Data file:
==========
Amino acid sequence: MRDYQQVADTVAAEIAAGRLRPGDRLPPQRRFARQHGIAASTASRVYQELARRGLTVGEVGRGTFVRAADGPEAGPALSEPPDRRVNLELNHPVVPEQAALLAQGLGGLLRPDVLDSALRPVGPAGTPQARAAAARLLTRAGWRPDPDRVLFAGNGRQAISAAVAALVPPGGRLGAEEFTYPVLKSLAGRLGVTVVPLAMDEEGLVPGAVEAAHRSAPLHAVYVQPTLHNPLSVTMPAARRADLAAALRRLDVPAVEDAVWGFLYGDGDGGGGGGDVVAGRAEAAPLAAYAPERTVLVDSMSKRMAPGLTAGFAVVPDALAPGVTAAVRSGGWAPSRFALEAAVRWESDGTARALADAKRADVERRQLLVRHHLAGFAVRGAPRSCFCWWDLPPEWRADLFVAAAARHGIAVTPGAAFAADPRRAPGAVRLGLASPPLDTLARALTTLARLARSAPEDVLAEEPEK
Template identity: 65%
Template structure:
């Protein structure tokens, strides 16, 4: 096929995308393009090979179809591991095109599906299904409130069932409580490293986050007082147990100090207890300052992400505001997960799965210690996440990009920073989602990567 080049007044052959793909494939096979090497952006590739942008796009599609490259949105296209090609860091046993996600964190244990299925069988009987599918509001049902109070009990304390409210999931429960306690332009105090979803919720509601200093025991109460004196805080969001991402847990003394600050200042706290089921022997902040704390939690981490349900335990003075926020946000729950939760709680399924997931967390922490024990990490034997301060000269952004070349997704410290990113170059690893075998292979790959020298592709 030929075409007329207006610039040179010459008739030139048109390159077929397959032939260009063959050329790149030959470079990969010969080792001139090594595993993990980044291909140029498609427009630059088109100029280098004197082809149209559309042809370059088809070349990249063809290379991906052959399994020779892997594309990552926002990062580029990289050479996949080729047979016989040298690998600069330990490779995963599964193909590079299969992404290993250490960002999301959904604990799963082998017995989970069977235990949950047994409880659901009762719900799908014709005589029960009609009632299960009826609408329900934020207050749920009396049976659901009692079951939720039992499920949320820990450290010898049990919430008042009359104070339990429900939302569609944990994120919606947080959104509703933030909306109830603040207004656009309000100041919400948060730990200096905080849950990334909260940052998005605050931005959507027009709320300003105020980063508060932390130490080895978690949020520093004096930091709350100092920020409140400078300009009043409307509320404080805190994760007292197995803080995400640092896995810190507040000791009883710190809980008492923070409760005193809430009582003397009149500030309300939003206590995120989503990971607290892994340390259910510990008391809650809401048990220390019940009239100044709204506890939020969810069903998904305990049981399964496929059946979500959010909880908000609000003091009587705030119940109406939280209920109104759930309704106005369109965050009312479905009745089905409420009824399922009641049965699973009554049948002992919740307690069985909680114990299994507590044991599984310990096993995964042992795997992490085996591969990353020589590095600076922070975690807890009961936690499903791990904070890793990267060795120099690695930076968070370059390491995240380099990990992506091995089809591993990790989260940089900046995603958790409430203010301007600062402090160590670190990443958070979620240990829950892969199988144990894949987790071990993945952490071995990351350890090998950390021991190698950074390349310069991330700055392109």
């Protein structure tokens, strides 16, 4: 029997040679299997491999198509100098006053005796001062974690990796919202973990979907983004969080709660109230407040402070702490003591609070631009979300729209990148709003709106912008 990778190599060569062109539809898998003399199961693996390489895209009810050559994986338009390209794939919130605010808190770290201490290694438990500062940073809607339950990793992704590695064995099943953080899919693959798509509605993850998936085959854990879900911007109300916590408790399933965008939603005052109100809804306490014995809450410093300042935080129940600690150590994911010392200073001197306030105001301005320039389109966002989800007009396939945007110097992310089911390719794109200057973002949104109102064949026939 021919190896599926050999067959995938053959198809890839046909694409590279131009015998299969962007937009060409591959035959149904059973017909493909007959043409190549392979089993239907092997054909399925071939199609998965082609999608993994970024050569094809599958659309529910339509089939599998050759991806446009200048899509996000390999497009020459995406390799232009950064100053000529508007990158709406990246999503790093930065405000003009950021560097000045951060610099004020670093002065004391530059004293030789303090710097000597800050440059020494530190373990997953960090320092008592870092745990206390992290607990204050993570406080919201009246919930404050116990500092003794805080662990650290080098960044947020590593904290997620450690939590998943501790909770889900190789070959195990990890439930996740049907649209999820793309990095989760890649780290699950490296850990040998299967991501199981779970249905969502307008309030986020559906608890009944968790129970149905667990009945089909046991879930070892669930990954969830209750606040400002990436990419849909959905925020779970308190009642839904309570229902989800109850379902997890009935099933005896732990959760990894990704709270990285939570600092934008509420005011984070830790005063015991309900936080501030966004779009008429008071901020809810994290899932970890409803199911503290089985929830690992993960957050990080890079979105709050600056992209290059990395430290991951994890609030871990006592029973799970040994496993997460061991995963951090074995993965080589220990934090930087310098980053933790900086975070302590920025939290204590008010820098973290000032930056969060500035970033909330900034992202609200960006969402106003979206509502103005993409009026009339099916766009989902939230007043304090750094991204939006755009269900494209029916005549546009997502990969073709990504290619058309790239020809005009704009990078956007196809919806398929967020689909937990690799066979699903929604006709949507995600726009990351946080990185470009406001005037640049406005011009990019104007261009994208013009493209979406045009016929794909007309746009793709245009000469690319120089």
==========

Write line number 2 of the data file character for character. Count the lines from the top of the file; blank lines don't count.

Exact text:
Template identity: 65%